Systemic lupus erythematosus: therapeutic updates and optimizing treatmentView Offer chevron_right
Activity Description / Statement of Need:
Systemic lupus erythematosus (SLE) is an autoimmune disease with heterogeneous etiologies and clinical phenotypes, all with varying degrees of severity. Although the precise mechanism of SLE-related autoimmunity is still uncertain, strong evidence implicates a combination of genetic and environmental factors in the disease pathology. For most of the medical community, the primary challenges of SLE management stem from the disease heterogeneity, which leads to difficulty in diagnosing, treating, and monitoring.
Evidence suggests that there are a number of gaps in the treatment of lupus stemming from a suboptimal patient-provider relationship. Suggested remedies include a: patient-centered approach to care, improvement of disease awareness, focus on taking adequate time to provide disease and treatment information as well as treatment adherence, and sensitivity to patient concerns.
Rheumatologists and primary care physicians and other specialists who care for patients with SLE (e.g., dermatologists, nephrologists, OBGYNs); physician assistants, nurse practitioners, and pharmacists who practice in rheumatology; and any other HCPs with an interest in or who clinically encounter patients with SLE.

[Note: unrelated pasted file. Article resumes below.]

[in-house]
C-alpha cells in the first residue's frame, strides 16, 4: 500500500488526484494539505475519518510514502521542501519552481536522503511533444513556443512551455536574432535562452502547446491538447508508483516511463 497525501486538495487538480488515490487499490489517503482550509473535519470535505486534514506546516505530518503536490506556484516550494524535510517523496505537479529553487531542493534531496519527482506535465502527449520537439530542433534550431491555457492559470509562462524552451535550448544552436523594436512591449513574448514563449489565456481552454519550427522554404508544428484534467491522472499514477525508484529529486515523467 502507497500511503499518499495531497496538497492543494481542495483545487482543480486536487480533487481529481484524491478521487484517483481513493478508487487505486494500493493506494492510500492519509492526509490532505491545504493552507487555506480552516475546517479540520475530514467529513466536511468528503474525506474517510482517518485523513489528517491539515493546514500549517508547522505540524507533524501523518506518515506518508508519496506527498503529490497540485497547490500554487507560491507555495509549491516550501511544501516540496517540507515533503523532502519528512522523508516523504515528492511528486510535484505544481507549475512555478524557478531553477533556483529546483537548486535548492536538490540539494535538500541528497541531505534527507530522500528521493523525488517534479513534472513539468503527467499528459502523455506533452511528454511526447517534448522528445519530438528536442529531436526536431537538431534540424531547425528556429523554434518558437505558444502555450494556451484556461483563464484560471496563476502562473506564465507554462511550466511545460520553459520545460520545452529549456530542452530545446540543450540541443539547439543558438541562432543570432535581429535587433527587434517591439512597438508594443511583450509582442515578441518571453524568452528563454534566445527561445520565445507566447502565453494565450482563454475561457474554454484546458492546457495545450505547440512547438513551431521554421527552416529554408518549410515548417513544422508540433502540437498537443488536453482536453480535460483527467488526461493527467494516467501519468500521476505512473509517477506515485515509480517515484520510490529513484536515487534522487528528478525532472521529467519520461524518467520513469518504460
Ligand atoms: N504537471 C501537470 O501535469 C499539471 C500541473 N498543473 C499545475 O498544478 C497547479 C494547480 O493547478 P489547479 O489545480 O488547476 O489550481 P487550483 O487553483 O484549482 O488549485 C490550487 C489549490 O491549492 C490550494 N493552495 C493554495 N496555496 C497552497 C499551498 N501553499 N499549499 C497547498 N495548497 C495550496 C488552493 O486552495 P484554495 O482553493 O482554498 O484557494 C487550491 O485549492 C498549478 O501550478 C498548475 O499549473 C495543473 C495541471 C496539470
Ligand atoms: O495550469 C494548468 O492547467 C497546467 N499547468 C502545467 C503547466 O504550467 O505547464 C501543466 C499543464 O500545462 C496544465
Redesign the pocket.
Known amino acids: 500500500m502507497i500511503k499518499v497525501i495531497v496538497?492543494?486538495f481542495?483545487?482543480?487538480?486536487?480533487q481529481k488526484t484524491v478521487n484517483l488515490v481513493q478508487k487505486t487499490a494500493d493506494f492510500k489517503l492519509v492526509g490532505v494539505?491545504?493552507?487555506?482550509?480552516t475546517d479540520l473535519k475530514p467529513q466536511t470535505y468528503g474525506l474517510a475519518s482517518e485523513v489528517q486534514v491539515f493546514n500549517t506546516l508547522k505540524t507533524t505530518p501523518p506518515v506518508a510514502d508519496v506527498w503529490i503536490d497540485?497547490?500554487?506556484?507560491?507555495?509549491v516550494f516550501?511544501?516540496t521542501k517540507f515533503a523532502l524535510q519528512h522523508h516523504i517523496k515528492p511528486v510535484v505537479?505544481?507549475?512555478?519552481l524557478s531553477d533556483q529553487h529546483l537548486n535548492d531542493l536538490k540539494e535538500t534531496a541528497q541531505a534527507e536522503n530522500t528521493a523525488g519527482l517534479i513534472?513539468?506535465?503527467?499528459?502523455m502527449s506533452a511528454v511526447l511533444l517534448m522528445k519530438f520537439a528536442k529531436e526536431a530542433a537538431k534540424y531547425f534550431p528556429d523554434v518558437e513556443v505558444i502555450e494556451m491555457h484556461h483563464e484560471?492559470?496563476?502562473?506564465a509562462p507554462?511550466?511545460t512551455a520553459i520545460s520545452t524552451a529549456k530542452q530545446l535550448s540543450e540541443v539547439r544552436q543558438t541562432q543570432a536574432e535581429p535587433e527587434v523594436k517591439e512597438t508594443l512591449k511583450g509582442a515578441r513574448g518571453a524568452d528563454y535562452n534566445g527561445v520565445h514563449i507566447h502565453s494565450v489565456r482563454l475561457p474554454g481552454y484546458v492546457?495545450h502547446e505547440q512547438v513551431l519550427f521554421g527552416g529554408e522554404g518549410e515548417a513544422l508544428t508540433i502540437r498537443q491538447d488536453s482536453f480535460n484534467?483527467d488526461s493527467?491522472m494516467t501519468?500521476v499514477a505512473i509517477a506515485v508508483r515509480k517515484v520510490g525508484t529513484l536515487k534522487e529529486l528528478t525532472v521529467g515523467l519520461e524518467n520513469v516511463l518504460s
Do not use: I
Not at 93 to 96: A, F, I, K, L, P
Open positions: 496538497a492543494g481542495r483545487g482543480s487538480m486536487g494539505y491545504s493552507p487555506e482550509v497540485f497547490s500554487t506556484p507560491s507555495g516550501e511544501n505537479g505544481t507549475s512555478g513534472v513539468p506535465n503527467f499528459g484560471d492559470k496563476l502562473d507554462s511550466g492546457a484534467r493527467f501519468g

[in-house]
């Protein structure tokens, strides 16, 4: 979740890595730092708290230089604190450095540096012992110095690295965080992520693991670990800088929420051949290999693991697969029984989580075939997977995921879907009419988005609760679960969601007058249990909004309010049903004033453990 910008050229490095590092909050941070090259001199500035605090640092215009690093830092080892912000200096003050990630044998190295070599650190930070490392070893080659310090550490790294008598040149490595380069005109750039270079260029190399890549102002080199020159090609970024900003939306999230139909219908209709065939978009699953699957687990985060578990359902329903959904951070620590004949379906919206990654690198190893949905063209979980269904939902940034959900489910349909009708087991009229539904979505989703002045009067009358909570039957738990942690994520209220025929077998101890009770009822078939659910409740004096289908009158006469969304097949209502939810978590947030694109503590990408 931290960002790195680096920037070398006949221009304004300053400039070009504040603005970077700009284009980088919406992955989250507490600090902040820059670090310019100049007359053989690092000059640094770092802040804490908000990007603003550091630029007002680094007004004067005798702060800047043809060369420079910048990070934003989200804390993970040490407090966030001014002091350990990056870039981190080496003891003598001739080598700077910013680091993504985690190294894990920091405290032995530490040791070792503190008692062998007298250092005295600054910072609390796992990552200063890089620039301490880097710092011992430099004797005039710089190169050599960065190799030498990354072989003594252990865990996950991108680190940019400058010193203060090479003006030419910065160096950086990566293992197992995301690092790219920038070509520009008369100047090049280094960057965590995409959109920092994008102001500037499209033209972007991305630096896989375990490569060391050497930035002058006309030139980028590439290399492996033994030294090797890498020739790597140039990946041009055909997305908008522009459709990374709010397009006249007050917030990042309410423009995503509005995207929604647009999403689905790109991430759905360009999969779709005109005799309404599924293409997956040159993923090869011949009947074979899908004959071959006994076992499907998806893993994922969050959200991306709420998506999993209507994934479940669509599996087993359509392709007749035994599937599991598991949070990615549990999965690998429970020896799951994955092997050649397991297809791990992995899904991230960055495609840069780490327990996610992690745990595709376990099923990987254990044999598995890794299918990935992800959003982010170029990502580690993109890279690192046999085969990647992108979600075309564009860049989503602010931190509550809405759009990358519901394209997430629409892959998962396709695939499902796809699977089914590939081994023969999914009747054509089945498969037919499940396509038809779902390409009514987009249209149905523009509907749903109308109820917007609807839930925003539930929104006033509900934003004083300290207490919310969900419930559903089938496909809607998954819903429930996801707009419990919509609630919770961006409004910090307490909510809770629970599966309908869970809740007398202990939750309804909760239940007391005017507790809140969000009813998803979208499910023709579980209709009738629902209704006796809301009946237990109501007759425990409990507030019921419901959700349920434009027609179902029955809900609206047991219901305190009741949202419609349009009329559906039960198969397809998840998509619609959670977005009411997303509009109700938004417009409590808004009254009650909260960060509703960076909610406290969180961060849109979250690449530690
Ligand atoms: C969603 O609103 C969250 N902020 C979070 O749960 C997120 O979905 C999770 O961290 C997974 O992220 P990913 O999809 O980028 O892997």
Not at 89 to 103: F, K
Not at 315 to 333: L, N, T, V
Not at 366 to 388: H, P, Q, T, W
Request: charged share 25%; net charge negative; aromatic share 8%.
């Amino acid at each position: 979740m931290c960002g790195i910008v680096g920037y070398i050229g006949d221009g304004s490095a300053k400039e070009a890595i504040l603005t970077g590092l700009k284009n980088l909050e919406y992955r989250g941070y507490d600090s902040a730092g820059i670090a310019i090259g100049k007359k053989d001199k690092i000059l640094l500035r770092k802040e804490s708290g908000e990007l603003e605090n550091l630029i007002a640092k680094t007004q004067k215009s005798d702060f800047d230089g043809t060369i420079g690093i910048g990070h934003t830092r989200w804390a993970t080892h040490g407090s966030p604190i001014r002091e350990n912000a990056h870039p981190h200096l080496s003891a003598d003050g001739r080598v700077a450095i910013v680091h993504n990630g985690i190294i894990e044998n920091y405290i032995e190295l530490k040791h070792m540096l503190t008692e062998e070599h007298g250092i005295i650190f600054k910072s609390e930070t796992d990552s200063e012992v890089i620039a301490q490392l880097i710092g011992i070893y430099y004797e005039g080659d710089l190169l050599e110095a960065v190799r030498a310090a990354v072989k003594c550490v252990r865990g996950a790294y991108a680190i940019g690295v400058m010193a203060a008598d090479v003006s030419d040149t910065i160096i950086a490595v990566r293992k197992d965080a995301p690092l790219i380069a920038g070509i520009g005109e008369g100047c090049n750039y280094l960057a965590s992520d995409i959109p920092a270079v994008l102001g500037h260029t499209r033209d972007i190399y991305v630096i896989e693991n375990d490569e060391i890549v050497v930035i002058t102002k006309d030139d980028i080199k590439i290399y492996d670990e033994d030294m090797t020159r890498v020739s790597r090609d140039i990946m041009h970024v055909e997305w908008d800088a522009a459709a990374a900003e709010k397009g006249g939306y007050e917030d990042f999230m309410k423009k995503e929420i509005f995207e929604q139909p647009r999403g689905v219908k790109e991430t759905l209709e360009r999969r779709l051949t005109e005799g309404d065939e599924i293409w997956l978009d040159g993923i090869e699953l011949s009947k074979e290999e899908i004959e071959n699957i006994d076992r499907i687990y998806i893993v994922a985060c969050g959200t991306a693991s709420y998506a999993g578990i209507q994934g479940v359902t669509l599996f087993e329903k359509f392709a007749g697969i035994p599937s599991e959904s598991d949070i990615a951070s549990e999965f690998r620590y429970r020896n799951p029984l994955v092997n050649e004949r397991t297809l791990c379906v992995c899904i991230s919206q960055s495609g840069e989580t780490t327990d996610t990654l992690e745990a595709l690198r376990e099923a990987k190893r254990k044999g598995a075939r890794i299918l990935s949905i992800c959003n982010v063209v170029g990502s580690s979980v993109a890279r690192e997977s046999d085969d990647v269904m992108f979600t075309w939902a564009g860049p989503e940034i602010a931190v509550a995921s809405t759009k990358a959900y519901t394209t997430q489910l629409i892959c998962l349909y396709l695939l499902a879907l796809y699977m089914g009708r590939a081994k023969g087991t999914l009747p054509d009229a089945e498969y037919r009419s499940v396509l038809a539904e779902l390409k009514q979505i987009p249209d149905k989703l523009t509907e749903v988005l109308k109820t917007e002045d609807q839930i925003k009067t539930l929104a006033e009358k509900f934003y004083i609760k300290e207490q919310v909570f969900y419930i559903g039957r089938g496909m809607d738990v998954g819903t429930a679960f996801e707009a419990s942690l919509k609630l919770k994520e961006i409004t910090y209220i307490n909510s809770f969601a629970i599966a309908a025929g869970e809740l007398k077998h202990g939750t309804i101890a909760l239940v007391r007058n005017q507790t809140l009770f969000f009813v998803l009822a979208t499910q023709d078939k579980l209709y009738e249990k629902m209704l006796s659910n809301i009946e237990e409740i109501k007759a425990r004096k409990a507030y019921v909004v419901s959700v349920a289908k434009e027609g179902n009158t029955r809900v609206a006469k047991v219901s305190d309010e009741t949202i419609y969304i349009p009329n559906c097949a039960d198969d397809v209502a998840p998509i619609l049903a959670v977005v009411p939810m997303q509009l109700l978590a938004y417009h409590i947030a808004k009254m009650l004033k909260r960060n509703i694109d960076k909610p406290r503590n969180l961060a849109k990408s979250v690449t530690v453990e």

By the end of the session the participant will be able to:
- Describe the pathophysiology of systemic lupus erythematosus (SLE), with a focus on the factors affecting disease progression, remission, and therapeutic mechanisms
- Recall identification of SLE disease activity, flares, and treatment goals, both short- and long-term
- Describe the influence of disease activity and corticosteroid use on organ damage in SLE
- Evaluate available and emerging therapeutic options for SLE, individualizing treatment regimens based on patient and disease characteristics
- Discuss the role and importance of patient-provider communication in charting a course of optimal treatment